It's Weather Wednesday!
Posted at: 05/01/2013 7:51 PM | Updated at: 05/01/2013 7:55 PM
It's our first Weather Wednesday and that means we're taking a closer look at how our weather team keeps you safe and ahead of any storms in our area.
For the next few weeks, every Wednesday Kevin Williams is going to take you inside the News10NBC's weather department during ROC City Tonight to show you exactly how we forecast the weather that affects you.
This Wednesday night we're talking about one of the most dangerous weather situations you can find yourself in, lightning.
In 1752, Benjamin Franklin proved that lightning is electricity by his famous kite experiment and today we are still learning about this force of nature.
Every second the earth is struck by lightning 100 times.
Each year, 60 million thunderstorms form on the planet, about three dozen of those will strike Rochester and the Finger Lakes.
In our area, thunderstorms can cause floods, hail and even tornadoes. But lightning is the most common killer among severe weather elements we face in the warmer months.
Lightning results from a separation of positively and negatively charged particles within a cloud and between the cloud and the ground. Eventually, when that charge becomes great enough, a lightning stroke occurs.
Just to clarify, lightning strikes an object. The actual bolt is a lightning stroke.
Here's something else you may not know. Lightning actually starts from the ground with a flow of charged particles drawn toward the cloud.
That's right, the lightning we see flows from the ground and from the cloud and meets in the air. That bolt travels at about 60 thousand miles per hour. Thunder is the sound the air makes when it is super heated to 50,000 degrees by lightning only to quickly cool.
Every year about 400 Americans are struck by lightning and about 100 will die.
Some people have felt a static buildup right before a lightning strike. That is a sure sign of danger.
For example, one woman grinned for a photo at California's Sequoia National Park. Moments later, lightning struck. The woman survived, but one person nearby didn't.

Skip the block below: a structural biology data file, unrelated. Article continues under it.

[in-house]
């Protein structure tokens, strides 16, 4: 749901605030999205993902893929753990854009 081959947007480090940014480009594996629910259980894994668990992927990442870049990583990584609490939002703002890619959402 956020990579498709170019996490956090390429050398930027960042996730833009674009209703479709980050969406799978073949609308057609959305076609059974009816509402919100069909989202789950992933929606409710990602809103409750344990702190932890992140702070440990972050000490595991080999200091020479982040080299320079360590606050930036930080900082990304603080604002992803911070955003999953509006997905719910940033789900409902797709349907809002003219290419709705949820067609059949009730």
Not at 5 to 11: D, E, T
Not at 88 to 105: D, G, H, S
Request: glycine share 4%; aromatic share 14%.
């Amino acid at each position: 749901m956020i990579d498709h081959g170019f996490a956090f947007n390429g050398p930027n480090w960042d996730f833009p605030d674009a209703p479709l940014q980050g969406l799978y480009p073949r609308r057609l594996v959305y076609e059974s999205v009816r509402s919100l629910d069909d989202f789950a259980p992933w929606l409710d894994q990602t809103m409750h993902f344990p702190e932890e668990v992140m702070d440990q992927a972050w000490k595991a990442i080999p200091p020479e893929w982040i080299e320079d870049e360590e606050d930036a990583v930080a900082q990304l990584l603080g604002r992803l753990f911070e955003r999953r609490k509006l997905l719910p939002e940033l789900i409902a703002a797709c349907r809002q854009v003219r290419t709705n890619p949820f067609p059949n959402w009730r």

Indeed, lightning is a killer.
Here are some lightning safety tips to help you be safe during a thunderstorm.
First, make sure you tune to News10NBC for the information you need when a storm is brewing. As mentioned, our lightning tracker is a powerful tool to track when and where lightning is, to keep you safe.
Second, never talk on a chorded phone. Lightning can travel through wiring and plumbing.
Third, never seek shelter under a tree and avoid high spots and open areas. Also, consider using lightning rods at your house. They direct the electrical current into the ground.
Farmers, boaters and golfers need to be especially careful. Golfers often find themselves in open areas holding a golf club, like a 3-iron.
Finally, if you're in a thunderstorm, get inside a building or a car. Cars are especially safe, not because of their rubber tires, a common myth, but because the metal skin will carry the bolt harmlessly into the ground.
By the way, lightning does strike the same place twice. The Empire State Building is struck 30 times each year.
As part of Weather Wednesday, Kevin is going to answer your weather questions each week.
This Wednesday's question comes from Joy Eggleston. She asks, why was it still snowing well into April?
To here Kevin's answer to the question, click play on the video player above.
If you have a weather question for us just email us at firstname.lastname@example.org